The U.S. Senate and House of Representatives are considering legislation to reauthorize No Child Left Behind (NCLB), the major federal K-12 education law. The House and Senate leadership are intent on ramming through a reauthorization of NCLB. They want to claim that they fixed the problems with the original bill. However, these bills are horrible. Here are just a few of the problems: They continue the federal testing mandates telling the states in what grades and in what subjects children must be subjected to standardized tests (assessments). Such mandates create the teaching-to-the test pressure on teachers. Furthermore, they do not
The most far-reaching federal education law—No Child Left Behind (NCLB)—has been up for reauthorization for eight years. Now, with the Obama Administration waning, Sen. Lamar Alexander (R-TN) is in a rush to get the President a bill that he will sign. Earlier this year, when the first version of his bill did not garner the necessary support, Sen. Alexander went back to the drawing board. And he reached across the aisle to Sen. Patty Murray (D-WA) to help re-draft the bill. There’s a lot wrong with his bill. Overall, the bill retains the master-servant relationship by which the federal government
According to Buzzfeed, Jeb Bush has decided to skip the Iowa Straw Poll and may give up on Iowa entirely: Jeb Bush’s decision to forego this summer’s Iowa Straw Poll has roiled many conservatives in the state, but that snub might only be the beginning: According to three sources with knowledge of Bush’s campaign strategy, the likely Republican presidential candidate does not plan to seriously contest the first-in-the-nation caucuses — and may ultimately skip the state altogether. The Iowa Straw Poll, sponsored by the state GOP, is widely viewed as a dry run for the state’s first-in-the-nation presidential nomination contest.
Slowly, but ever so surely, those in the media are realizing that criticism of No Child Left Behind and the national Common Core system is not limited to the far right and the far left. It is a mainstream movement driven by parents, teachers, and other concerned citizens. Last weekend, on his HBO show Last Week Tonight, John Oliver spent eighteen minutes taking on standardized testing. You can view the full video below (warning: NSFW language): Oliver pointed out President Obama’s contradictions on standardized testing. When he had his eye on the Democratic nomination, then Senator Obama was quick on the
When Reps. Jared Polis (D-CO) and Luke Messer (R-IN) announced the introduction of a “comprehensive” student policy bill, millions of parents hoped it would mark the end of the cradle-to-grave data mining that has characterized Washington’s education policy. Sadly, we ended up with the Student Digital Privacy and Parental Rights Act, a flawed bill that fails to prevent the collection of personal data by government and, just as worryingly, corporations. While some parts of this bill, such as clauses allowing parents to access and remove some of their children’s data, are welcome changes, other parts of the bill allow companies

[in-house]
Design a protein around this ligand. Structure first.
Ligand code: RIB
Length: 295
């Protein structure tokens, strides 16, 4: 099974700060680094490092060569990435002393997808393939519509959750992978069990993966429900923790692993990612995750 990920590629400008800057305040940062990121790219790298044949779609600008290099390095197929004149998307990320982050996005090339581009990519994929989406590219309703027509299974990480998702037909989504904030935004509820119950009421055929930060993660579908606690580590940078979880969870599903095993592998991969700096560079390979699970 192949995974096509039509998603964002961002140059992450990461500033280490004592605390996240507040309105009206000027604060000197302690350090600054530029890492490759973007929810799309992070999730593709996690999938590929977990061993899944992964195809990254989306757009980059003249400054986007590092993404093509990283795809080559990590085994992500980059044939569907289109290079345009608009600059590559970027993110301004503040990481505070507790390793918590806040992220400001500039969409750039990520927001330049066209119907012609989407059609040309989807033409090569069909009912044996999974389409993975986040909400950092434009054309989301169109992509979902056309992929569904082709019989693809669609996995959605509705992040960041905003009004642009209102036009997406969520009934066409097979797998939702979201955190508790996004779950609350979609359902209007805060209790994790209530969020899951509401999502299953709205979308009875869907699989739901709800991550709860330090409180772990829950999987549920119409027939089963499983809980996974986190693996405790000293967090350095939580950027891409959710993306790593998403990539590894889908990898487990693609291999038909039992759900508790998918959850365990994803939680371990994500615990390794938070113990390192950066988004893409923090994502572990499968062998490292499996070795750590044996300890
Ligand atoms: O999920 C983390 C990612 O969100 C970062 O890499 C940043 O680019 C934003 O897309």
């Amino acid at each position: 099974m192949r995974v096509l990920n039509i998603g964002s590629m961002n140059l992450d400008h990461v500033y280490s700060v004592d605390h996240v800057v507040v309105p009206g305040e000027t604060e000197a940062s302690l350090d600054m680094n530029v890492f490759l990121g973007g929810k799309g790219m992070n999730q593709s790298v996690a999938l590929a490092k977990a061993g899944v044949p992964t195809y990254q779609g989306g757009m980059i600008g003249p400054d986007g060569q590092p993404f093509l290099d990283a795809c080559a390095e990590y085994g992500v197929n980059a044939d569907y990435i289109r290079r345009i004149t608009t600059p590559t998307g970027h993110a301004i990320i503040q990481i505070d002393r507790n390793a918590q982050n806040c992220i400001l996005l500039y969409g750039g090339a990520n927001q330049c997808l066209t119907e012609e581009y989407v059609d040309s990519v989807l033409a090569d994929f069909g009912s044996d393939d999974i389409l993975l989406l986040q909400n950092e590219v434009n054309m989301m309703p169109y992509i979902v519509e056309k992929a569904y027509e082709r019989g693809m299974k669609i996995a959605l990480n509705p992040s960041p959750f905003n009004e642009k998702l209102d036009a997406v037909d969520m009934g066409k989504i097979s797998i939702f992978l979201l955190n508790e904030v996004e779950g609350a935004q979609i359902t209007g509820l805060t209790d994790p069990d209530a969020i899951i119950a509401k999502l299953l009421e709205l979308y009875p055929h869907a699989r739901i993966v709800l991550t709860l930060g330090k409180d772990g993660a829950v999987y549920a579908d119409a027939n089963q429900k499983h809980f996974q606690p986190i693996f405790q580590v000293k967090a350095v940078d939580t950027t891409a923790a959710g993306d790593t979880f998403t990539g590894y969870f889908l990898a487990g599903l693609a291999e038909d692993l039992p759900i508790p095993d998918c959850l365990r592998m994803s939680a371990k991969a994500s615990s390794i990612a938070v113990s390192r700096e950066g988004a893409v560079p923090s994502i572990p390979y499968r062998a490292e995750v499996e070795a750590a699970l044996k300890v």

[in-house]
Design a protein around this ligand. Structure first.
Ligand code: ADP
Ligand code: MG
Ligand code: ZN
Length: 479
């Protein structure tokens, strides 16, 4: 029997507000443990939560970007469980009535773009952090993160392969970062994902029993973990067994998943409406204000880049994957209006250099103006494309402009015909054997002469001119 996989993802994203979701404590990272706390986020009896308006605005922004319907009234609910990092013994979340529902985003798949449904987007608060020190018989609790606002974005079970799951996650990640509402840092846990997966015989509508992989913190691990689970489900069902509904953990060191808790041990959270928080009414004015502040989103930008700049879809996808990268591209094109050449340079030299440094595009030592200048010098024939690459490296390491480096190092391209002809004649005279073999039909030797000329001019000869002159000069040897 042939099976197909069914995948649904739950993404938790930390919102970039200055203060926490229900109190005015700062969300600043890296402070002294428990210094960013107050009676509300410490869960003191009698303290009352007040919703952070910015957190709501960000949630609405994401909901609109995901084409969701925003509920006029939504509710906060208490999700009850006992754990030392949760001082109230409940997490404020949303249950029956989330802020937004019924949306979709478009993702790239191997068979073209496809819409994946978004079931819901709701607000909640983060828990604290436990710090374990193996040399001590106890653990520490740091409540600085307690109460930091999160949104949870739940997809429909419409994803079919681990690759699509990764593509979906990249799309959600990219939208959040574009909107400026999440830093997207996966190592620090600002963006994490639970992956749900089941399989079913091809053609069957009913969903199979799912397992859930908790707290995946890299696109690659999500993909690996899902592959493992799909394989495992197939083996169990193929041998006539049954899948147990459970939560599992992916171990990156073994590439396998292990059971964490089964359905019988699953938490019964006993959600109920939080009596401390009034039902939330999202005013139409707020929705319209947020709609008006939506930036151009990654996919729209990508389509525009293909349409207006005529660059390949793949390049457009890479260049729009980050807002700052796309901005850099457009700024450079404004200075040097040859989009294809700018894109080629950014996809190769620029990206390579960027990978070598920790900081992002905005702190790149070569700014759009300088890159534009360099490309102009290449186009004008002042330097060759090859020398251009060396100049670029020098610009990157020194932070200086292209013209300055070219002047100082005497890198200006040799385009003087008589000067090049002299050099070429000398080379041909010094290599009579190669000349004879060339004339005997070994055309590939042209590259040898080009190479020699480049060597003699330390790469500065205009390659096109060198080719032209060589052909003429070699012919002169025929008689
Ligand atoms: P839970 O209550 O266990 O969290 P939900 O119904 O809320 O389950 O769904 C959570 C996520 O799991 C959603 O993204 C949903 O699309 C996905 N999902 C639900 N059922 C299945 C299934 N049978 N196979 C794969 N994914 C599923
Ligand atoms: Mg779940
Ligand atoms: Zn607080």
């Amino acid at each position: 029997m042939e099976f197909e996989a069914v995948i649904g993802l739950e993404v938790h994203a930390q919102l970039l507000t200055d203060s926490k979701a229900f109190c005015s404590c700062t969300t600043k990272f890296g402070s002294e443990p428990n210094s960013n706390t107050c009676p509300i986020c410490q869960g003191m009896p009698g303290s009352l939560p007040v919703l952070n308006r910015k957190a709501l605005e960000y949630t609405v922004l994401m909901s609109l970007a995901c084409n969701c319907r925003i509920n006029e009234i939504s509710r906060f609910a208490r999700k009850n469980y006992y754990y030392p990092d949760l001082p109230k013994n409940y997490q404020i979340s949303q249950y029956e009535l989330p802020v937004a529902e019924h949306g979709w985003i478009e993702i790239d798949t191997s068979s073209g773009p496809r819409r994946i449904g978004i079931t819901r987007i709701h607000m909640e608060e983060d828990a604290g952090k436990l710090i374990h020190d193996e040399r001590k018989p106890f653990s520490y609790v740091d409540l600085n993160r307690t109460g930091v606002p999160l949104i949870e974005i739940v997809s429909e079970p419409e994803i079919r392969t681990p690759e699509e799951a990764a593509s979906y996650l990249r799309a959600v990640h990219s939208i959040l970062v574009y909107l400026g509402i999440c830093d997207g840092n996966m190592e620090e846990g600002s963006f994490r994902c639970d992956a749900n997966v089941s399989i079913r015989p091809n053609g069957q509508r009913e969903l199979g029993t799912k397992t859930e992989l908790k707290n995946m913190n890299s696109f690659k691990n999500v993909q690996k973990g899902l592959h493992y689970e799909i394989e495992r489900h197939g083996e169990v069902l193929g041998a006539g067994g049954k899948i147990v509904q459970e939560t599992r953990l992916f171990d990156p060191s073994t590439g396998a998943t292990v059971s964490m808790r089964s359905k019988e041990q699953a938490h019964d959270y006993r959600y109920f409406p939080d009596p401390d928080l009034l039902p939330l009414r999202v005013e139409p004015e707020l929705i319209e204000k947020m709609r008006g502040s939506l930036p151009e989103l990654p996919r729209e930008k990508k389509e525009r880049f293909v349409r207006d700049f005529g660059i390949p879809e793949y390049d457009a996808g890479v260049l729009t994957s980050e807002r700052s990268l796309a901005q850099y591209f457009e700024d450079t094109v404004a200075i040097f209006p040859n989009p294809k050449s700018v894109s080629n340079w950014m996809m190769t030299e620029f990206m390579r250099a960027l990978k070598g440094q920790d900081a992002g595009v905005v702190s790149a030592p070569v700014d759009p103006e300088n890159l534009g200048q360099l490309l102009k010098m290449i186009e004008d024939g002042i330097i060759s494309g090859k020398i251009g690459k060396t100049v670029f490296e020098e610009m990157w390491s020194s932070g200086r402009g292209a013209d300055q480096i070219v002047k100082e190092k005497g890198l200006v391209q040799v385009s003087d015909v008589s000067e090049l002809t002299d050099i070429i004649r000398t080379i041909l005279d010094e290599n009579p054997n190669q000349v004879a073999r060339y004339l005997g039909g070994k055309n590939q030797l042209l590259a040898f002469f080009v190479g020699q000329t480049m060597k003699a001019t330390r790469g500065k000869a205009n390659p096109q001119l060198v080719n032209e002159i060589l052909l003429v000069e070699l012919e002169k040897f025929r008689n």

Clearly, federal education policy is a presidential election issue. As the candidates make their pitches to citizens in the coming months, we’ll see where they stand on the particulars. But we already have a sense as to where things are headed. This past weekend, Mike Huckabee appeared at the Iowa Faith and Freedom Coalition Summit, and came out strongly in favor of ending the Department of Education, stating: Do you think they honestly can make a better decision about what happens in the classrooms in your community than the people who were elected as your local school board can? Ultimately
The proposed Student Digital Privacy and Parental Rights Act to be introduced by Rep. Luke Messer (R-Indiana) and Rep. Jared Polis (D-Colorado) is ineffective and needs to be rewritten with the students’ interests in mind. This bill puts corporate interests first and student privacy last. This isn’t a student privacy bill, it’s a license to divulge student data. Under this bill, parents will be unable to opt out of having their children’s data collected, and large, international corporations will have free reign to use the data how they see fit, even if that means disclosing it to unknown recipients without
Kasich, a Common Core supporter, has complained that only people running for something oppose Common Core. Is it fair to conclude after his trip to South Carolina to campaign for a federal balanced budget proposal that he’s changed his mind about seeking the White House in 2016? He managed not only to reaffirm his own support for Common Core, but he also repeated all the tired, old talking points the Gates-funded media campaign uses and implicitly insulted the Ohio moms opposing Common Core (many because of what is happening right now in their children’s classrooms) as dunces: That is not